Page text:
“Liberia Can Do Better”


–  Rev. Samuel Enders

At a recognition ceremony organized by PUSH – People United to Save Humanity – over the weekend, Samuel Enders, the founder and executive director of the African Dream Academy, who is aspiring to represent the people of Monsterrado District 6 in Paynesville, said Liberia can do better than where the country presently finds itself.

Enders said that the time has come for Liberians to ask themselves what have the people that represent them done for them in real terms since being elected.

Whether elected or not, Enders said he would like to see the lives of people improve. “As your representative, I will not be able to do everything, but together we can get a lot accomplished,” he said at the event held at the LBS Park in Paynesville.

Detailing a life that started with rummaging through the dumpsters of Bong Mines as one of nine kids who started primary school at age 15, Enders said the harshness of life coupled with his experiences during the war led him to ultimately become a humanitarian. He said politics would not have been his natural course had he not been petitioned five times, four of which he declined, by the people of District 6.

Known for his African Dream Academy which he started with 144 kids but now educates over 1,000, most of whom study at the school gratis (free of charge), his clinic that provides free postnatal care to mothers and children six years old and under, and the institute that provides free education to women, Enders is an ordained Baptist minister with a Master’s in Divinity. He is a former staff at the Indiana Community Hospital in the USA. During the Ebola crisis, Enders is remembered for converting a bus into an ambulance that he donated to ELWA hospital.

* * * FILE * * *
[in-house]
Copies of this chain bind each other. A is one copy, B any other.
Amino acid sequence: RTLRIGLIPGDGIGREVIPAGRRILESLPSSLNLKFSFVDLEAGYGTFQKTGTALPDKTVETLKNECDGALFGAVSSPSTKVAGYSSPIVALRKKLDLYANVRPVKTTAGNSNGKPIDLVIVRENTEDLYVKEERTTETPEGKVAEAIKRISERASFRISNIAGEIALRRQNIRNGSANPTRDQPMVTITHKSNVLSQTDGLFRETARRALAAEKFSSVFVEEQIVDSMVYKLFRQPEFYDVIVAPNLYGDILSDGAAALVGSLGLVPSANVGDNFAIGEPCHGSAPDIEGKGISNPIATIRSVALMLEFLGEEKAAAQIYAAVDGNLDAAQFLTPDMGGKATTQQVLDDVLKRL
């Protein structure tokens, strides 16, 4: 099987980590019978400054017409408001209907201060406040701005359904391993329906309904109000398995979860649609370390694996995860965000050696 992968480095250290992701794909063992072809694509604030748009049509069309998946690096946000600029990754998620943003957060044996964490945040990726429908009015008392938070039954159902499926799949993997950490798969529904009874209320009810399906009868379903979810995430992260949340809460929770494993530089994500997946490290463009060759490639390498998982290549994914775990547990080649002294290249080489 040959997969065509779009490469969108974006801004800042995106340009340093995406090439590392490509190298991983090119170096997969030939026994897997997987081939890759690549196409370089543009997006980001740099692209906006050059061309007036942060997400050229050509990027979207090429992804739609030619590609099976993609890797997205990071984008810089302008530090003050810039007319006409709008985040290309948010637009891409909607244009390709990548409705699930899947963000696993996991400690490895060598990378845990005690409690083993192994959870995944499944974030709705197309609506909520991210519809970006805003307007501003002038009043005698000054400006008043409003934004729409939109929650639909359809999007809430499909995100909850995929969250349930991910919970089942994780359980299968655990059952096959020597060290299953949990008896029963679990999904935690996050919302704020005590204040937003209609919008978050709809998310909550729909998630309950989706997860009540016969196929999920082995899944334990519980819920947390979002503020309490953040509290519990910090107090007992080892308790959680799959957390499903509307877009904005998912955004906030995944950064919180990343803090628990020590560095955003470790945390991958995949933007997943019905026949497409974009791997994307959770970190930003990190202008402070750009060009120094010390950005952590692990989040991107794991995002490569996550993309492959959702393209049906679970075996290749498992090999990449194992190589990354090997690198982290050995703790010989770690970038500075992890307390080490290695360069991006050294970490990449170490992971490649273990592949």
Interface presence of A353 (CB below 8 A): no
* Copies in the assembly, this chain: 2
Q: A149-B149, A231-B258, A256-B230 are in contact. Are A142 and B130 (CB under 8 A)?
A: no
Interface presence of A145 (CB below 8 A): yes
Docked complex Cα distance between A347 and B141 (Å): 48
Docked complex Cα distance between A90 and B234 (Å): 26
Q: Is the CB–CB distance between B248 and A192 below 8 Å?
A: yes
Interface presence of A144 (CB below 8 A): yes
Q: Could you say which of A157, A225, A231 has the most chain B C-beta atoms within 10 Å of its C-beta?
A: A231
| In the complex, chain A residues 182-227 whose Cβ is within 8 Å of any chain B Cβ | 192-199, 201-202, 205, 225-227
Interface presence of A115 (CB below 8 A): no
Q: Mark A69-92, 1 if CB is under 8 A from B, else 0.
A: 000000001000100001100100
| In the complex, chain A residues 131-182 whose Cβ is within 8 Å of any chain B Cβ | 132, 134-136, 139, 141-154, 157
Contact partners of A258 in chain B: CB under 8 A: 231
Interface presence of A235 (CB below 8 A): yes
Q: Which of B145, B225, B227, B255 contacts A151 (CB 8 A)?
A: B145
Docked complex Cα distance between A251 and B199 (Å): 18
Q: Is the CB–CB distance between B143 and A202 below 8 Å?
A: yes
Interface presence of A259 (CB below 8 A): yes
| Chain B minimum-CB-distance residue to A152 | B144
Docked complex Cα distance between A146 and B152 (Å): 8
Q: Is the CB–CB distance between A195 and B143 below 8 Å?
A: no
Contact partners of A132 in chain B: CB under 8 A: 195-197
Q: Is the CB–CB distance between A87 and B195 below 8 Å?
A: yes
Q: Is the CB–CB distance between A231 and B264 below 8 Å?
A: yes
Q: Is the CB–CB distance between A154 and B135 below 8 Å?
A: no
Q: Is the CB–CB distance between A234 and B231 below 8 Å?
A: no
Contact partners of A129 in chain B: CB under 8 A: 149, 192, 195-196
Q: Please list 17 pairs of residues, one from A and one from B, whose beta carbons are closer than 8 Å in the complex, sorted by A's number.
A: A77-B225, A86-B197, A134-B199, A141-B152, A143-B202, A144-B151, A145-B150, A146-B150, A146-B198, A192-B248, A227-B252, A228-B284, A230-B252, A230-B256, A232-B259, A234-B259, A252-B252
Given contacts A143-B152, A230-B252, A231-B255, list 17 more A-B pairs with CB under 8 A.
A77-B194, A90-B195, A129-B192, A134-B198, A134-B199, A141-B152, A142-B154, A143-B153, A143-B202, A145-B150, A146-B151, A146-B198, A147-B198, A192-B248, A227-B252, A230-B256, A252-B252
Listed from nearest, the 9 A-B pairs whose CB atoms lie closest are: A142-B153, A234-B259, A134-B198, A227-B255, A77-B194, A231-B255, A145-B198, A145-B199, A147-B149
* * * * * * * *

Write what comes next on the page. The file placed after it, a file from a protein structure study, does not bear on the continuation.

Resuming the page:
The District 6 representative aspirant said that he focuses on women for the free education because apart from being sidelined in society, he found out that these mothers of the majority of the children who attend his academy were not working, but were keenly interested in empowering themselves through education. “So I decided that since I have helped the fathers by taking care of the children’s school fees, let me also do something for the mothers,” he said, to make his largesse evenhanded.

Enders was invited to speak by PUSH in recognition of his efforts on behalf of the people of District 6. According to members of the organization, they also invited Enders to see how he can bolster their efforts to reclaim wayward youth and abused women back into society through an active partnership. Enders, who was open to the suggestion, said he would like to help Liberians more and that his election as representative of Montserrado District 6 would see the district’s budget allocations go to development projects that would help create jobs, especially for the youth and women.

During the event, Enders was implored by the crowd that had gathered at the LBS Park to hear the humanitarian turned politician, to consider opening a drug rehabilitation center to cater to “us who are traumatized but receive no help from the state.” The District 6 hopeful said that he would look into it and call up a few favors from friends in the Diaspora who are willing to help Liberians. He said that drug rehabilitation is a holistic process that requires the commitment of the addict and the service provider for real healing to take place. Asked about his plans for the disabled, Enders said that the disabled are a part of society and should have the necessary assistance to make a contribution to the development of not only the country, but also their lives.

The recognition event ended with the aspirant making a small donation to PUSH to help further the aims of the organization.


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